Arcadia, the collapsed retail group behind Topshop and Dorothy Perkins, has a lucrative pension fund that has been paying former executives up to £1million a year, The Mail on Sunday can reveal.
The £400million scheme – which was set up in the 1970s and is now falling into the hands of the Pension Protection Fund – has been paying the vast sums to former bosses who worked at the company under Sir Ralph Halpern, once dubbed ‘the Naughty Knight’ after reports emerged of a fling with a 19-year-old model.
Sources said Halpern, who is believed to be the biggest beneficiary of the final-salary-style scheme, is among dozens of former directors and senior managers who have received large sums.
Huge rewards: Ralph Halpern in 1992 with then wife Joan after the payout
Others are understood to include his right-hand-man and successor Laurence Cooklin, who left the business just 15 months after Halpern, and former joint-managing director Paul Plant.
Thousands of Arcadia shop staff face an uncertain future, including possible cuts to their pensions from its main scheme, following the collapse of the chain last week.
Arcadia’s senior executives’ pension plan only closed to future accruals by members still employed by the group in 2010.
Several sources told The Mail on Sunday that the board of Burton Group, as it was then known, pulled the plug for new members in the 1990s under a clampdown on platinum-plated perks. About a decade later, the group was bought by Sir Philip Green.
Under Halpern’s tenure, Burton Group – which at the time owned Topshop, Topman, Principles, Debenhams and a host of other brands – became well-known for richly rewarding its executives.
The heady lifestyles of the top brass also drew media attention – not least that of Halpern, who hit tabloid headlines when stories emerged of a relationship with model Fiona Wright. He was subsequently branded Ralph ‘five-times-a-night’ Halpern.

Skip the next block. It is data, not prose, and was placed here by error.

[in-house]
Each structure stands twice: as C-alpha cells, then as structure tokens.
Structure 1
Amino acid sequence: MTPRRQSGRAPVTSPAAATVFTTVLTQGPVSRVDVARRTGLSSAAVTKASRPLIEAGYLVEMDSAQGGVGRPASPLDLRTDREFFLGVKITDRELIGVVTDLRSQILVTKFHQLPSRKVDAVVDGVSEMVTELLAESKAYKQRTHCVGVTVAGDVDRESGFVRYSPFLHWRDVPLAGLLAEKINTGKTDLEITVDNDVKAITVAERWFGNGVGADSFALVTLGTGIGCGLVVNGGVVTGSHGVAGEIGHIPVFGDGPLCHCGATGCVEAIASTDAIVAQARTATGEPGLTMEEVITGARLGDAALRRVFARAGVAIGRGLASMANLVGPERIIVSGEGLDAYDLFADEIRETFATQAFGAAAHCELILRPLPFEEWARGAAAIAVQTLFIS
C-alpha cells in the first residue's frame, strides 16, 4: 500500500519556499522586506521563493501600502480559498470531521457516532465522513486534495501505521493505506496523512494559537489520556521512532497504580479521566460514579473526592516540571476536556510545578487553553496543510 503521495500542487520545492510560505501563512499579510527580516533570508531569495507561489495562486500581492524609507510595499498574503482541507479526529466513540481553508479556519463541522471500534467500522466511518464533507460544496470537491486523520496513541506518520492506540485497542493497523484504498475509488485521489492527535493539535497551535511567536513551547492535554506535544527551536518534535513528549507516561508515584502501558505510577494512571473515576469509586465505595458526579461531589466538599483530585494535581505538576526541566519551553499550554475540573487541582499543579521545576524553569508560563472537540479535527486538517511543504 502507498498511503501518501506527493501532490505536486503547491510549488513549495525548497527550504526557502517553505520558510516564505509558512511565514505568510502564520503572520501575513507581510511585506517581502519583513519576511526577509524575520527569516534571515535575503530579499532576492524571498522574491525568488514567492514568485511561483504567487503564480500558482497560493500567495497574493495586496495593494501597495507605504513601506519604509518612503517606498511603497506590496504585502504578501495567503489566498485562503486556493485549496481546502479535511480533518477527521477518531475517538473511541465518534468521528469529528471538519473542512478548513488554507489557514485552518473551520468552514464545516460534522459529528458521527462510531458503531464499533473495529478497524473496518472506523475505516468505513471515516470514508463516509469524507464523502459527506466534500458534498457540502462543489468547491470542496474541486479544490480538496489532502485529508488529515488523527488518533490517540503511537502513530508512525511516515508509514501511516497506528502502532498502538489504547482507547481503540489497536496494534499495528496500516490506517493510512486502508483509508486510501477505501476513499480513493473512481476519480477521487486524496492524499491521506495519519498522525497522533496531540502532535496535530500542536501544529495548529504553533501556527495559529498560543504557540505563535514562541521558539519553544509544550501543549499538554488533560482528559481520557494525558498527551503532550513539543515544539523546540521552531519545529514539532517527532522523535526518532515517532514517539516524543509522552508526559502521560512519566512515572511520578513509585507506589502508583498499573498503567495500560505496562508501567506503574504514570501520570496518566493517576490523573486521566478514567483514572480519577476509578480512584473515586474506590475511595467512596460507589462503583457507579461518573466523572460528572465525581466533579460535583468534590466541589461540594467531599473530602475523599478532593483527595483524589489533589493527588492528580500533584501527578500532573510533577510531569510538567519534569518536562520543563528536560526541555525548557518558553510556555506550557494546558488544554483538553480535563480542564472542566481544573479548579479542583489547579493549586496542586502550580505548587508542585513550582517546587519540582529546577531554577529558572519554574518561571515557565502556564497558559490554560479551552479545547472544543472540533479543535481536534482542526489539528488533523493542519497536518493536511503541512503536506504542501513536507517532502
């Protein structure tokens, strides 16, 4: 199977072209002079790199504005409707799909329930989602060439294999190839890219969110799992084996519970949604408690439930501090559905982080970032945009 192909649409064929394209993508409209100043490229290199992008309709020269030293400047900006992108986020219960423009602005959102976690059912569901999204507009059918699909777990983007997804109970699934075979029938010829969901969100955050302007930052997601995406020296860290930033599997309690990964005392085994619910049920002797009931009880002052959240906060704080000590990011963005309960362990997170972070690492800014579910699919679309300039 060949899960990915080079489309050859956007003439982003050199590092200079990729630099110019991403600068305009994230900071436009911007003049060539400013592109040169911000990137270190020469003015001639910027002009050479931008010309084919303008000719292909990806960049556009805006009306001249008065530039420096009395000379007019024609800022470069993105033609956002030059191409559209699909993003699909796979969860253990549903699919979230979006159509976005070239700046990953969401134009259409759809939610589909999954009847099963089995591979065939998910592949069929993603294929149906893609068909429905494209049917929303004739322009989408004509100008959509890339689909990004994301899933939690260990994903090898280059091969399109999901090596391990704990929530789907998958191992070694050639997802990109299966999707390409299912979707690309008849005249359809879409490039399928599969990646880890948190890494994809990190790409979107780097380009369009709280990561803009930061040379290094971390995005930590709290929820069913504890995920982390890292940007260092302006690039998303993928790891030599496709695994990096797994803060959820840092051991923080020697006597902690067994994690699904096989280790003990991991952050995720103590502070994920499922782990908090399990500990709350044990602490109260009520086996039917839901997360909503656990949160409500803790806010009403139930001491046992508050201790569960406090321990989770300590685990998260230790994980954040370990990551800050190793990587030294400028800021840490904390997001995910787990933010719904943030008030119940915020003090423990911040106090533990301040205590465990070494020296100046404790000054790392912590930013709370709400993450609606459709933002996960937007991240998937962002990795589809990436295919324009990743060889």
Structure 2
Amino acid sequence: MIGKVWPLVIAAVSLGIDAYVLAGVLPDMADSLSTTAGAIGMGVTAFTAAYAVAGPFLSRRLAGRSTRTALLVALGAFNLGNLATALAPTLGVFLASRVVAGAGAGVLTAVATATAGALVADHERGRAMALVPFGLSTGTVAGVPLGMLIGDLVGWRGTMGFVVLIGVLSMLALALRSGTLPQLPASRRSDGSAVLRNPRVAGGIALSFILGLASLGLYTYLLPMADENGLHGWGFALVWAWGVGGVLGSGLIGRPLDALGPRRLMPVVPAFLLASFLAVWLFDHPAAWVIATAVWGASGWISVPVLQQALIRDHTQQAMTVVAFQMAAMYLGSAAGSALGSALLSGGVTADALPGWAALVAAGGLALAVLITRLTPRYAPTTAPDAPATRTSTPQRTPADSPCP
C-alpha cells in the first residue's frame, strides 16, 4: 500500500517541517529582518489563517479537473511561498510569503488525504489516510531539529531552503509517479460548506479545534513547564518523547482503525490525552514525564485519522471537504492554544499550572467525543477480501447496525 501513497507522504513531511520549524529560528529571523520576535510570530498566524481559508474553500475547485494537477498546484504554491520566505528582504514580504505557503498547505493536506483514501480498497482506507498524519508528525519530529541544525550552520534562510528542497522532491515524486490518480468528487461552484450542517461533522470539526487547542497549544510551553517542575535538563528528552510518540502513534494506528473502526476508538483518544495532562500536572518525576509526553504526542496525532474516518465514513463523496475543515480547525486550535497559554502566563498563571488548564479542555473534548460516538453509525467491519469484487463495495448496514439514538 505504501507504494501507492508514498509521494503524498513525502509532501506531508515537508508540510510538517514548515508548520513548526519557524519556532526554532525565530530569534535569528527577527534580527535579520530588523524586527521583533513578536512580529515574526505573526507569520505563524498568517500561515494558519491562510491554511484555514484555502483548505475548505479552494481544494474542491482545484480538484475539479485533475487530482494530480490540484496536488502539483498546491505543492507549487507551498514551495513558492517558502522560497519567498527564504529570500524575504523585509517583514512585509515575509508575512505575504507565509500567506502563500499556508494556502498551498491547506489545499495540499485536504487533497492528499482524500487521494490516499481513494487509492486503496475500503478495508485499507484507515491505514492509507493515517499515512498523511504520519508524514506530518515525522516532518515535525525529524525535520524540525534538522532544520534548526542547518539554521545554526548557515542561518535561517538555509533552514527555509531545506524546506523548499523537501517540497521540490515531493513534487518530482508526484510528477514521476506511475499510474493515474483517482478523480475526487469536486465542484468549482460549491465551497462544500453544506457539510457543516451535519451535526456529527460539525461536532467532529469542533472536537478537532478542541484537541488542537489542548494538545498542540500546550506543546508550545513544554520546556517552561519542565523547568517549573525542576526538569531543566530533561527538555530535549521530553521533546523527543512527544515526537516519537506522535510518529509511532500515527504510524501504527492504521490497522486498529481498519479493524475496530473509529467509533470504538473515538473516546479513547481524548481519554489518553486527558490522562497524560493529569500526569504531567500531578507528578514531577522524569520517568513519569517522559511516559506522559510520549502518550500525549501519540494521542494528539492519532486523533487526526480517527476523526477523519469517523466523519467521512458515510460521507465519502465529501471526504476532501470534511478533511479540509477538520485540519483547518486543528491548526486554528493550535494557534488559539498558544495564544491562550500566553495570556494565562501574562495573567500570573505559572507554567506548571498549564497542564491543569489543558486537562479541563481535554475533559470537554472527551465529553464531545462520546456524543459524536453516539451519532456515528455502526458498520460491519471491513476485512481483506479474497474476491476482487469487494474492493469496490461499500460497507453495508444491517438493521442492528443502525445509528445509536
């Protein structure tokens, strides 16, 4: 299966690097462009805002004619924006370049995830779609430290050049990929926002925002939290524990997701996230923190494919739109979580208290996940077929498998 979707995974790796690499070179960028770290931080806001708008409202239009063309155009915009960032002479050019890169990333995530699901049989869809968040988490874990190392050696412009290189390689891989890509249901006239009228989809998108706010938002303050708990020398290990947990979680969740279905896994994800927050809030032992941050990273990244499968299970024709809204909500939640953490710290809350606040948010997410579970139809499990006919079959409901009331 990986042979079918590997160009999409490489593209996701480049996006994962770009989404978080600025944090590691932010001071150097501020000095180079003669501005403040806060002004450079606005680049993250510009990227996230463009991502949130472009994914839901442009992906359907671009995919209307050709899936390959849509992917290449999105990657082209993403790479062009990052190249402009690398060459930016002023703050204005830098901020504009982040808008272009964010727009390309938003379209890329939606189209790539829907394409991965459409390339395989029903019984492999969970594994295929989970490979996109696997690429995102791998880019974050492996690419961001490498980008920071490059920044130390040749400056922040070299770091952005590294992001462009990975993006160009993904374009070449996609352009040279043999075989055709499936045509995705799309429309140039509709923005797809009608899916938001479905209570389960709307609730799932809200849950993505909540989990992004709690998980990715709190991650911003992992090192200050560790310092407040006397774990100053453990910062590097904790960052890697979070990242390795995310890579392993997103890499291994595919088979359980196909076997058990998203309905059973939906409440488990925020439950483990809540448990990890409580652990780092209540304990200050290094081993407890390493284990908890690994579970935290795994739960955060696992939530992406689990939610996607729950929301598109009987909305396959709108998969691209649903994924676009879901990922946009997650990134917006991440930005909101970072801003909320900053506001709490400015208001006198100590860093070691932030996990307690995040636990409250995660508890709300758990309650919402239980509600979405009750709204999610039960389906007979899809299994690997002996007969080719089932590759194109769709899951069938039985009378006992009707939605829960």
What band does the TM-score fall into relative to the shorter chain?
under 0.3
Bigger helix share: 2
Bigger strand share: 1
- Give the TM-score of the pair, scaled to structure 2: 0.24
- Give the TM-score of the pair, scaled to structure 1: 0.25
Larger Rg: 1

He joined Burton Group as a trainee in the early 1960s and rose to chief executive in 1978 in what became a legendary tenure.
A combination of his flair and a surging consumer economy saw the group reach 60,000 staff employed in almost 3,000 stores at its peak during the 1980s.
Halpern left in 1990 at the age of 52 with a pension of £465,000 a year, which was due to kick in only a few years later.
Now 82 and living in Miami Beach, Florida, he is receiving an estimated £1million a year once annual inflation-linked rises over the years are taken into account, sources said.
It is believed that some of his lieutenants have reached payments of at least half that, following increases linked to the retail price index measure of inflation.
In 2016, the Arcadia Group Senior Executives Pension Scheme had future liabilities of £411million, though the figure is likely to have fallen since then.
Pension funds are not obliged to reveal information on their members but one former executive source estimated there could still be up to 200 members, although estimates vary. Arcadia and the PPF declined to comment.